Single version of the truth

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In computerized business management, SVOT, or Single Version of the Truth, is a technical concept describing the data warehousing ideal of having either a single centralised database, or at least a distributed synchronised database, which stores all of an organisation's data in a consistent and non-redundant form. This contrasts with the related concept of Single Source of Truth (SSOT), which refers to a data storage principle to always source a particular piece of information from one place.[citation needed]

SVOT applied to message sequencing[edit]

In some systems and in the context of message processing systems (often realtime systems), this term also refers to the goal of establishing a single agreed sequence of messages within a database formed by a particular but arbitrary sequencing of records. The key concept is that data combined in a certain sequence is a "truth" which may be analyzed and processed giving particular results, and that although the sequence is arbitrary (and thus another correct but equally arbitrary sequencing would ultimately provide different results in any analysis), it is desirable to agree that the sequence enshrined in the "single version of the truth" is the version that will be considered "the truth", and that any conclusions drawn from analysis of the database are valid and unarguable, and (in a technical context) the database may be duplicated to a backup environment to ensure a persistent record is kept of the "single version of the truth".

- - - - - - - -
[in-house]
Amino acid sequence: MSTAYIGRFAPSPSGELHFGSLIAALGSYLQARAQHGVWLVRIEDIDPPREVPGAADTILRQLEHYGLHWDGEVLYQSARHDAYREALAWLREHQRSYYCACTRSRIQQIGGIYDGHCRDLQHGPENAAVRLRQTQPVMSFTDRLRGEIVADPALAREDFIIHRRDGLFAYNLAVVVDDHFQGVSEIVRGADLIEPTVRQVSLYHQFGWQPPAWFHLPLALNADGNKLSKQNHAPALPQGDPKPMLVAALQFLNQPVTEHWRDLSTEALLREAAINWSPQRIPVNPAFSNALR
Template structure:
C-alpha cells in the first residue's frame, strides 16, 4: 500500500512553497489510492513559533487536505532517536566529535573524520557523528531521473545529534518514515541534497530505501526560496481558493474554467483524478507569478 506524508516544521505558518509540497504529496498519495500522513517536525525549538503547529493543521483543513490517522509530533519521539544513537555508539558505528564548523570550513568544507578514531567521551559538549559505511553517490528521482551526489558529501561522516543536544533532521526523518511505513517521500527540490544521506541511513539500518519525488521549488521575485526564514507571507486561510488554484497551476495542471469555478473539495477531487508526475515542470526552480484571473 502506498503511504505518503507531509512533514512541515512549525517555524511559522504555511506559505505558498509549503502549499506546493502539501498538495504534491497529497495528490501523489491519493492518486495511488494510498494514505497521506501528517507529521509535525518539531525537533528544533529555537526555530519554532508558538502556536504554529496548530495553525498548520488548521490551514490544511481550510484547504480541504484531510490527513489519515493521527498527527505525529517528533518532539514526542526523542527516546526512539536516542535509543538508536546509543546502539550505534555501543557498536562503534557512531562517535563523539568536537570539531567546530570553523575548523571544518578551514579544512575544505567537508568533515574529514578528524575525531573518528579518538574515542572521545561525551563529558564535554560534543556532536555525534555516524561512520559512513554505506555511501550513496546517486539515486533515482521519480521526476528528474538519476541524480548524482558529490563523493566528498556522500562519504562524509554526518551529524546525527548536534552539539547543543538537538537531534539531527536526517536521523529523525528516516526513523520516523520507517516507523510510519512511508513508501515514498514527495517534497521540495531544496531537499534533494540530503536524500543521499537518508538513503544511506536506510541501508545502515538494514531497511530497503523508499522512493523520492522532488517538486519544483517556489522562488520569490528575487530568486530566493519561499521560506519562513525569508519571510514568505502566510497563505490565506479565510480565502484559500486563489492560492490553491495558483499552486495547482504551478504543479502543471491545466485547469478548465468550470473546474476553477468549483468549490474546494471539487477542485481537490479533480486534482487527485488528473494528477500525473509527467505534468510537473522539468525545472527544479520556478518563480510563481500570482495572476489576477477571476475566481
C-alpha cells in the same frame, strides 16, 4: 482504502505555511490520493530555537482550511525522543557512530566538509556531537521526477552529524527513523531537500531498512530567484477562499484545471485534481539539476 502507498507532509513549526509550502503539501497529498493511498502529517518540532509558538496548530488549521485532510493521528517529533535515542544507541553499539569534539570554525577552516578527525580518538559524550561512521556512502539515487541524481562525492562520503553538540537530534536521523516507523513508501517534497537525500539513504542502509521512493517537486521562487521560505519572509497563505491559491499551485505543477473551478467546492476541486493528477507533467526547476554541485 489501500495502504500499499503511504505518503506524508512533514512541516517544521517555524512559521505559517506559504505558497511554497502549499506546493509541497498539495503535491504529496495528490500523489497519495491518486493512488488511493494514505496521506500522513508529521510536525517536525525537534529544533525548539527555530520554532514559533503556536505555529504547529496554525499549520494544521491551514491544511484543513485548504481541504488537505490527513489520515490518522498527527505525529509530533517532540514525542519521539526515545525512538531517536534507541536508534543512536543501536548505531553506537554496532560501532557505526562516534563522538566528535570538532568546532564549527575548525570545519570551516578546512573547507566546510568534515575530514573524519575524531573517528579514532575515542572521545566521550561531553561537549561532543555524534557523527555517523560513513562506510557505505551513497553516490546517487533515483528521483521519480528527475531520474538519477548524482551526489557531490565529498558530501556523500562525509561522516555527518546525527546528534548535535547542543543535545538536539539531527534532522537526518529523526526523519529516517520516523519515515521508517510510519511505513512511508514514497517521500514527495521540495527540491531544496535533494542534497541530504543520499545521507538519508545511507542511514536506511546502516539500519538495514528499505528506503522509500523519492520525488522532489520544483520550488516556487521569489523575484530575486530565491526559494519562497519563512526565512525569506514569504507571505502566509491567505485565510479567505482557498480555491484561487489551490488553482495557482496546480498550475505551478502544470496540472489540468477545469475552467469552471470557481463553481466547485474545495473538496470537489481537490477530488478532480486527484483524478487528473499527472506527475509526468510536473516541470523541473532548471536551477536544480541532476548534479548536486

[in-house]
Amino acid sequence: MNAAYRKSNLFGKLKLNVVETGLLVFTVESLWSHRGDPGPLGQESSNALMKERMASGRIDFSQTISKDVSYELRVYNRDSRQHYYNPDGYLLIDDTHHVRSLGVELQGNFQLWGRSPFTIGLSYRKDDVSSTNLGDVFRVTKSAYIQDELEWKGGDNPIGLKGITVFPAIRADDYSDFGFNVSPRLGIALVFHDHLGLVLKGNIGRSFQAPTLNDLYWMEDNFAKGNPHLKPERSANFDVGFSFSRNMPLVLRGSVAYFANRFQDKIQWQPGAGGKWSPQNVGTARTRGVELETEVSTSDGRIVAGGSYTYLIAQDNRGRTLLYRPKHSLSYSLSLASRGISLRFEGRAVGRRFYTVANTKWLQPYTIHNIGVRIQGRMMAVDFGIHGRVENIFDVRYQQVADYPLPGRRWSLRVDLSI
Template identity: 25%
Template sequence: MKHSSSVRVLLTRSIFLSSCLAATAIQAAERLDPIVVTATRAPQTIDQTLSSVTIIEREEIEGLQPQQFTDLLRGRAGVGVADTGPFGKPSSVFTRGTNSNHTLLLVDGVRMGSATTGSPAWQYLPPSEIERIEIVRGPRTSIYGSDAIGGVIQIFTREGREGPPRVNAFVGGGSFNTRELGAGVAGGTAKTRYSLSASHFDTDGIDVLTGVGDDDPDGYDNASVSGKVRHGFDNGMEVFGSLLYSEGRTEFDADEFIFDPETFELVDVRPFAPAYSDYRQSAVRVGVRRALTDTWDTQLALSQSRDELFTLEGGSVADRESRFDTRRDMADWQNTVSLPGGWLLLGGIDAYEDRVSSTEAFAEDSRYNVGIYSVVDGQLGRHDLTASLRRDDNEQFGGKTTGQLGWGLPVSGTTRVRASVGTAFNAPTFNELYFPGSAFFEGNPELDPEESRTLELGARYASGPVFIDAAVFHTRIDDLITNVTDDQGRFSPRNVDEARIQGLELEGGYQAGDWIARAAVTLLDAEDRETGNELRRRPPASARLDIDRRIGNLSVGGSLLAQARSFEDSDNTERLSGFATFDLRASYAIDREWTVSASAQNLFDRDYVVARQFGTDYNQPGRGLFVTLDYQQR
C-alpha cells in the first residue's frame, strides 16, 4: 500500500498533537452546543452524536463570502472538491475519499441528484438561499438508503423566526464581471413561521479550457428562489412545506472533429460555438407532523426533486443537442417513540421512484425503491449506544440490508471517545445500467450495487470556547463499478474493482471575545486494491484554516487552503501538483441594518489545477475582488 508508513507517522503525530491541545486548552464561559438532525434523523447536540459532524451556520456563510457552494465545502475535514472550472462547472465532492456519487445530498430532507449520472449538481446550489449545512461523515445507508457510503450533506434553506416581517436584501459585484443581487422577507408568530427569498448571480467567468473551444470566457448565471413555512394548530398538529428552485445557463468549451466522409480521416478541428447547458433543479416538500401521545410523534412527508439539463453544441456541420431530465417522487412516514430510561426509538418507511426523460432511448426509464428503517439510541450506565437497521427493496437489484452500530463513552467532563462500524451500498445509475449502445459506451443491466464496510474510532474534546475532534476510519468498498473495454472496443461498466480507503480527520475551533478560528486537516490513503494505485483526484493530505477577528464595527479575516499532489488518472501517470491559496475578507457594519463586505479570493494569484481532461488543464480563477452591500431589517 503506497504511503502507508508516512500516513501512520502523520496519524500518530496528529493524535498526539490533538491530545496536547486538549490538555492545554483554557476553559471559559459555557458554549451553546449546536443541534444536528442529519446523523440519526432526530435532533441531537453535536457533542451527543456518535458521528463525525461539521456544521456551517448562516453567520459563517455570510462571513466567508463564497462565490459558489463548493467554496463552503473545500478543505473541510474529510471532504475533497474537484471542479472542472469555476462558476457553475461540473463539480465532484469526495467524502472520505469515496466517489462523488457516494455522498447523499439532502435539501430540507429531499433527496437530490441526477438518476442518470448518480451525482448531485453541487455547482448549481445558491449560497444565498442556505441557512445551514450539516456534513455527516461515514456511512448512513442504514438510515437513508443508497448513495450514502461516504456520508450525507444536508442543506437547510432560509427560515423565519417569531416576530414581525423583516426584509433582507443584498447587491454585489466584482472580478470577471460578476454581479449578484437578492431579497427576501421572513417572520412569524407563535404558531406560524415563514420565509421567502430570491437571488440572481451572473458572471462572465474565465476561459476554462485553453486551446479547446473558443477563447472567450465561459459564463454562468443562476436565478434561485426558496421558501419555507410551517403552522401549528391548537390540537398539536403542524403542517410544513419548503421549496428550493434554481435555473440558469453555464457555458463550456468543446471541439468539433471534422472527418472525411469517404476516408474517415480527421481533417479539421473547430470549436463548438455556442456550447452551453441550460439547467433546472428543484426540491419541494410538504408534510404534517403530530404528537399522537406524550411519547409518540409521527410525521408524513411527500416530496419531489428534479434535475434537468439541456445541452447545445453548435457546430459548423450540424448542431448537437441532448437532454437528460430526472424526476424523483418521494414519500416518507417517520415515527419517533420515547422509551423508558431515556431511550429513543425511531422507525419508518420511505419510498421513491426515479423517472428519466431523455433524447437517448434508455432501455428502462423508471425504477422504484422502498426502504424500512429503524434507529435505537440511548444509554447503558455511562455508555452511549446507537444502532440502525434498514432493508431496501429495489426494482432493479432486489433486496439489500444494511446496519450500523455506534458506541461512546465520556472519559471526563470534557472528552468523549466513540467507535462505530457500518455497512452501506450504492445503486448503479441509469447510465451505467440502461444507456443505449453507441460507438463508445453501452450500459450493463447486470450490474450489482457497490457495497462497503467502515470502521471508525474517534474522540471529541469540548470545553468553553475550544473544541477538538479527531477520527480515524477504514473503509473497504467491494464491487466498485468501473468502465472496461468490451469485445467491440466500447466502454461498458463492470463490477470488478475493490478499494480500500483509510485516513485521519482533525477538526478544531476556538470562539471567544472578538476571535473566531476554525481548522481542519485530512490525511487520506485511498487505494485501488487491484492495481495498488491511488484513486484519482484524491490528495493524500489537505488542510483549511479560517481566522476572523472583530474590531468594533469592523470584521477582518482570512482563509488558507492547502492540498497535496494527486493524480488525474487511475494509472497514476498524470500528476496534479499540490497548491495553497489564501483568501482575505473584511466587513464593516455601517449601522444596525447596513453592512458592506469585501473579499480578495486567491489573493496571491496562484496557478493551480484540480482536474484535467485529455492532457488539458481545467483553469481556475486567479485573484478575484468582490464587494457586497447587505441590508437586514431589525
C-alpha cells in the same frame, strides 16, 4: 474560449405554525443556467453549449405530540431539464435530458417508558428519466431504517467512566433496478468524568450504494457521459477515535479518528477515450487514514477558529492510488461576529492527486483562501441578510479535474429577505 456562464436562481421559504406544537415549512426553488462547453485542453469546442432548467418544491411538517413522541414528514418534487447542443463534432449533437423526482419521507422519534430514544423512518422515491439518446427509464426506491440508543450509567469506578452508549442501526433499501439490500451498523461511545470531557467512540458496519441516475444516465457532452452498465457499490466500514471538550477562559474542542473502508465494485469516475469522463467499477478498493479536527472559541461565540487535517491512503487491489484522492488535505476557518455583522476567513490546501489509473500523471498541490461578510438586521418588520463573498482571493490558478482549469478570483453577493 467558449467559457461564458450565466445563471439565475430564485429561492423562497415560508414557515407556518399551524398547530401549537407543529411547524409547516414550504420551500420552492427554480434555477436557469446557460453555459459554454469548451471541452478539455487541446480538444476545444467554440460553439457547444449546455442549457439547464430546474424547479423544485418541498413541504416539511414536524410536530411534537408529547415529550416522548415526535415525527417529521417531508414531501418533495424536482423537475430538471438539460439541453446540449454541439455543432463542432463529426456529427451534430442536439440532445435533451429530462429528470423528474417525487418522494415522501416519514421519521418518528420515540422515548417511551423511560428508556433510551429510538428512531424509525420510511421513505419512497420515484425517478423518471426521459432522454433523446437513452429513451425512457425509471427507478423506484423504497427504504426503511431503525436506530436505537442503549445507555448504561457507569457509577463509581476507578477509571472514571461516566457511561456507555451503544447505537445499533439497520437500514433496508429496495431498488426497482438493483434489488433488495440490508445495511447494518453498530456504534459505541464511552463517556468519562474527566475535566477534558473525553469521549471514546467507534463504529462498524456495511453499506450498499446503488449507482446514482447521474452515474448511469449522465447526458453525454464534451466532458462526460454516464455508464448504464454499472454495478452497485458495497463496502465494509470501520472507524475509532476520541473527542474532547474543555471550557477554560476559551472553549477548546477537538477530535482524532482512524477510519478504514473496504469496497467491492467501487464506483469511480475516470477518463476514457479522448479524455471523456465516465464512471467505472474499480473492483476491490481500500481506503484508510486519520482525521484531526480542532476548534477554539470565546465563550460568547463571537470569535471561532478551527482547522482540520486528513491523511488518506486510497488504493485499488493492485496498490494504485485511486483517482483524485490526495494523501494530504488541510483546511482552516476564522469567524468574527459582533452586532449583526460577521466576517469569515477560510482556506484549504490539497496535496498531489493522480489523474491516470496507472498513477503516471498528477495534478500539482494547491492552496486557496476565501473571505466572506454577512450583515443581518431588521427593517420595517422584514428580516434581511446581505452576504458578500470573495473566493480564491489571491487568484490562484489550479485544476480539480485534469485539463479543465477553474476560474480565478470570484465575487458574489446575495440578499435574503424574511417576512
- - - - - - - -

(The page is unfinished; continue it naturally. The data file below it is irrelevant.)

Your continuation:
The key point is when the database is created using an external data source (such as a sequence of trading messages from a stock exchange) an arbitrary selection is made of one possibility from two or more equally valid representations of the input data, but henceforth the decision sets "in stone" one and only one version of the truth.

Critique of SVOT as applied to message sequencing[edit]

Critics of "SVOT as applied to message sequencing" argue that this concept is not scalable. As the world moves towards systems spread over many processing nodes, the effort involved in negotiating a single agreed-upon sequence becomes prohibitive.

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